But I really loved working at the hardware store, with all its dusty drudgery, its banality, its pettiness. Despite the seeming degradation at times - after all, I had a Masters Degree, and was being barked at by some guy who could not use the English language properly to sweep the floor (which didn't really do much good, anyway) - I enjoyed the humility of working in an old hardware store. I was a not-so-glorified stock boy. I thought of it as an opportunity to work on my humility, and get over some of my prejudices, and be of service. It took a while, but slowly these salt-of-the-earth people (is that condescending?) began to trust me, and even like me. It took a few years, but even the "thems ain't no good"-hollering manager began to respect me. I had to tell him off before he did; he was a middle aged bully. 

I loved hearing the stories; I learned more about the checkered history of the town than any of those bourgeois posers. I got to know the regulars; the real estate guy who came in nearly every day to buy something or other, yukking it up with the guys, boasting. And there were the greasy tradesmen who always seemed to be searching for some arcane elbow or fitting or something that hadn't been manufactured since the seventies, and they almost always found it. I even liked lugging bags of grass seed from the filthy basement, going downstairs to find back stock of cleansers, light bulbs, nails, whatever needed to be replenished. I almost enjoyed going up to the 150-degree attic to get swimming pools and rakes to put out front. It was living history. I was working with people who were unpretentious, who had no Big Ideas (which could get a little tedious at times), who just wanted to make a living and go home to their families and live normal lives. It was kind of refreshing after living in Northampton, home of the self-consciously hip, the tragically hip, but, mostly - cooler-than-you hip.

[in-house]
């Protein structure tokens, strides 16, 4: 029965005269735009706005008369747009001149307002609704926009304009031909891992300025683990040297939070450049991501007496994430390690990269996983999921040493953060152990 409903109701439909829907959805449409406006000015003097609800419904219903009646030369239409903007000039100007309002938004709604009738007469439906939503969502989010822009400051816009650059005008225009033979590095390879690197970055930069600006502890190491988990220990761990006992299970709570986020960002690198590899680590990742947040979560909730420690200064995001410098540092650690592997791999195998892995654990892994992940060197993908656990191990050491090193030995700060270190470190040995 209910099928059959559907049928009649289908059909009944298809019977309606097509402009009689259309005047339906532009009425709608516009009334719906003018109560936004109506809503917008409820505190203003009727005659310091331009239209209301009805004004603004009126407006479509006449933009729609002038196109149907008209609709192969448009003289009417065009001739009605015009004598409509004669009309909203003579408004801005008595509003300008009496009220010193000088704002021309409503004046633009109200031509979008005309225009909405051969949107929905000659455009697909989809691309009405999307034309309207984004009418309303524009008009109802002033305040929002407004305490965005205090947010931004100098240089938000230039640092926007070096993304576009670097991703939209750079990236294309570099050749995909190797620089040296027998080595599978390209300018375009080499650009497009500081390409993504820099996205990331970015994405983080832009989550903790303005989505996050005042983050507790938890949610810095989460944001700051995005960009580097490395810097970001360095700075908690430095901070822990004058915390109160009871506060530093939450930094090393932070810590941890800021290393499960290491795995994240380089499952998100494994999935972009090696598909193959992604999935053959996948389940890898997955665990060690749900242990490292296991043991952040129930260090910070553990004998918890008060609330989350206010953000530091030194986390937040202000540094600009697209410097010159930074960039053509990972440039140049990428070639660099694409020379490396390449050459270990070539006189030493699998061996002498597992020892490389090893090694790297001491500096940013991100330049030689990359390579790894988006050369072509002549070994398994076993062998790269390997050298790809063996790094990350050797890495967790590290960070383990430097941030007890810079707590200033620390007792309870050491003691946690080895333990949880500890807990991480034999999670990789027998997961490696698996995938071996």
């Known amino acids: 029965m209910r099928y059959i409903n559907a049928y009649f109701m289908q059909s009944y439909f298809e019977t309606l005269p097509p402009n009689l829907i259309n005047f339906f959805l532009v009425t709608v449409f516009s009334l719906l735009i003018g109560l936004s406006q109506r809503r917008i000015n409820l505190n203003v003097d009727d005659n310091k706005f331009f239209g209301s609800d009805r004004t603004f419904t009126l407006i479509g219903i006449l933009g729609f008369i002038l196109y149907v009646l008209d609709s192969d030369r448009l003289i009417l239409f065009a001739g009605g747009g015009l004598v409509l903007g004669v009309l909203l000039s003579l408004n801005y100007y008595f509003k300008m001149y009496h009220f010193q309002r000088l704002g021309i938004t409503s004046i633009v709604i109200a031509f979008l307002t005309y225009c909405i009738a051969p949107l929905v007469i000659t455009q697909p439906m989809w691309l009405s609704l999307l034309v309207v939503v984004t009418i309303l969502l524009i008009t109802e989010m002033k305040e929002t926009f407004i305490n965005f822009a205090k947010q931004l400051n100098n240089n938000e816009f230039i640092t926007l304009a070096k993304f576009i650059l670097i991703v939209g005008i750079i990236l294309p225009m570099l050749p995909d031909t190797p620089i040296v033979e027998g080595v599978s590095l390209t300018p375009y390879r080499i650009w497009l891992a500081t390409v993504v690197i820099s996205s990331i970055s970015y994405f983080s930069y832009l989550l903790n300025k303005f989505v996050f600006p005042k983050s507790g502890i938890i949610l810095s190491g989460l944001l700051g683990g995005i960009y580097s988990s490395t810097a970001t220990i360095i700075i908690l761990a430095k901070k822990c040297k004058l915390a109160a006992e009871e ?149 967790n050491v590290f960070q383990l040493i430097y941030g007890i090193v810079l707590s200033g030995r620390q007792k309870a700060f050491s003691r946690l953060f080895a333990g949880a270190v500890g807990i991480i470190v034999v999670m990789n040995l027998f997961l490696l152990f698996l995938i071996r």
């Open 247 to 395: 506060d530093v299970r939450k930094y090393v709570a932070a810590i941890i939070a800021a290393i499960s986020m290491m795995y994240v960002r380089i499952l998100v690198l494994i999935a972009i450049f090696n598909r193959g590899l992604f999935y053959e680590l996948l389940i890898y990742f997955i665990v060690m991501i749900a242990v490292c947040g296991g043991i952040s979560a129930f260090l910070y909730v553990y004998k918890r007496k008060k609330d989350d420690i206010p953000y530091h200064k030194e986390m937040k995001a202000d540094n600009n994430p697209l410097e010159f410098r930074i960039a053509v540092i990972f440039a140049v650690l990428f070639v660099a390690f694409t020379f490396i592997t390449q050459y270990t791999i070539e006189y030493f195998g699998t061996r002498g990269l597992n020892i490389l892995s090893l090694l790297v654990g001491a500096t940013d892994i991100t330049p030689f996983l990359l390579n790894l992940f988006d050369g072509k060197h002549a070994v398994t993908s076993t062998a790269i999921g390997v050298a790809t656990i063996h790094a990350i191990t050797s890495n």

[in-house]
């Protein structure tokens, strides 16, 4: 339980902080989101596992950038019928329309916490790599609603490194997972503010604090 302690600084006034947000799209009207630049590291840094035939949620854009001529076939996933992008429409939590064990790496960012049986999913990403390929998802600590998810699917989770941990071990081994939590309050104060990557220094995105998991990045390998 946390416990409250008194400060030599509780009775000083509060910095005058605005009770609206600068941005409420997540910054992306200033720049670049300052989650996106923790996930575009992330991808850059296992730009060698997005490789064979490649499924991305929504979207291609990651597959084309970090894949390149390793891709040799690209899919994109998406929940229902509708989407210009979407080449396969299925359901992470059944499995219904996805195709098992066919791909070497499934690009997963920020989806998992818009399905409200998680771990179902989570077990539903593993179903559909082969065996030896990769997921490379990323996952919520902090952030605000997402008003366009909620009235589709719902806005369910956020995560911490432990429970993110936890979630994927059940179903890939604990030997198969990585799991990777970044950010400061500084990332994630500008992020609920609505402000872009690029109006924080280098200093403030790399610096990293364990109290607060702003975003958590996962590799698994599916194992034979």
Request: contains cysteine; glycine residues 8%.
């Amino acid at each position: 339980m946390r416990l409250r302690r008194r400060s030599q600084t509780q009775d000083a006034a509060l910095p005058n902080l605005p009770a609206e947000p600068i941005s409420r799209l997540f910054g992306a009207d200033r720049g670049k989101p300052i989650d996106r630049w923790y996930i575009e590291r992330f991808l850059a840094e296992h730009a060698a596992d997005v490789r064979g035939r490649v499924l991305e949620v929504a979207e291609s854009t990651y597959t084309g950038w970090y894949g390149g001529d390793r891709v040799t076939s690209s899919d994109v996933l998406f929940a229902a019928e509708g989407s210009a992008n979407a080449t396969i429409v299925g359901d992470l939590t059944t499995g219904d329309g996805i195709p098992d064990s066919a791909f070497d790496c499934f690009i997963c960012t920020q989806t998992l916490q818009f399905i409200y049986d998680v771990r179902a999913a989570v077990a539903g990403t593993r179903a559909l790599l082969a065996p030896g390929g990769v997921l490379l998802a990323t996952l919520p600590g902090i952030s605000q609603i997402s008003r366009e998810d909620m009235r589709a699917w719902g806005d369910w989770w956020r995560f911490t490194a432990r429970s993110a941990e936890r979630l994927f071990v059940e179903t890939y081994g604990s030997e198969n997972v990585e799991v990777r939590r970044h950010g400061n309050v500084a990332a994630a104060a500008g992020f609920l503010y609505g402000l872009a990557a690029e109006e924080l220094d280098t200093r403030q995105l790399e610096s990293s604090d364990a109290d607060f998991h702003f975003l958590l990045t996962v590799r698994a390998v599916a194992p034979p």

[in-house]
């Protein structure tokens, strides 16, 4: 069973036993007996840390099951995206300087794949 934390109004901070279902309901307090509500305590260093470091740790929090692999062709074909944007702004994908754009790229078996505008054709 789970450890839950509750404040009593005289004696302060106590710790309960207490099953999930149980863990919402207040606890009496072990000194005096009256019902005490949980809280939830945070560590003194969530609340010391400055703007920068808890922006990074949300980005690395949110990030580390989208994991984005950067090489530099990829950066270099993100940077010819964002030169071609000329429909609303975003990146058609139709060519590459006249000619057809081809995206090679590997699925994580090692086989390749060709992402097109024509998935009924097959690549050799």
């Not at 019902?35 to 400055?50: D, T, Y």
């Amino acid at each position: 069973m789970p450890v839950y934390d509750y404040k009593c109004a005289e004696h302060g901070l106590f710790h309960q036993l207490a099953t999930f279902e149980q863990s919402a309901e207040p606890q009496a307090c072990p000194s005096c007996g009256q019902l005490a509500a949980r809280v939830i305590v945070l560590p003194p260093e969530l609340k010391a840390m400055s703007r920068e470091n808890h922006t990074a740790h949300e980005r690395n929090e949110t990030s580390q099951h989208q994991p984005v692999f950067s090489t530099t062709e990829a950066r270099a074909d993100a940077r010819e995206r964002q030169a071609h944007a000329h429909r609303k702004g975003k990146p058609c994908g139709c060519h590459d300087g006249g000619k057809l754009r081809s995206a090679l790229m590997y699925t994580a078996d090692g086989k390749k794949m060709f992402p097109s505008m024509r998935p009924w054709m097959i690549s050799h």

So how does this all relate to pictures of a tulip tree? There were some really beautiful things about Easthampton: the lake (though sullied by a huge American flag draped over it by long wires) in the center of town; the Mountain that loomed over the town; the tulip tree. I used to drive by the tree on my way into town (read: Northampton; I thought of Easthampton as my suburban home). I used to watch it slowly bud, come to fruition, happily display its gorgeous flowers for a week or two, and then commit them to the ground, where they would lie beautifully in a big circle before withering away into the earth - or get raked up and put in plastic bags and taken to the dump. Anyway, I finally stopped to take some photos; I just couldn't help myself. 

I have often thought about writing a novel about the hardware store, populated with guys named Eddie and Jimmy and Mac and Ernie; how could I even change their names, they were so perfect. And there is a kind of perfection to the hardware store, one of the few old hardware stores left, as they are systematically being beaten to death by the huge box stores like Home Despot. I always loved hardware stores. I remember as a kid... Listen to me, rambling on like an old timer, reminiscing. I'll stop for now, but don't worry; there will be more stories about the hardware store, right on this blog. I'll keep you posted.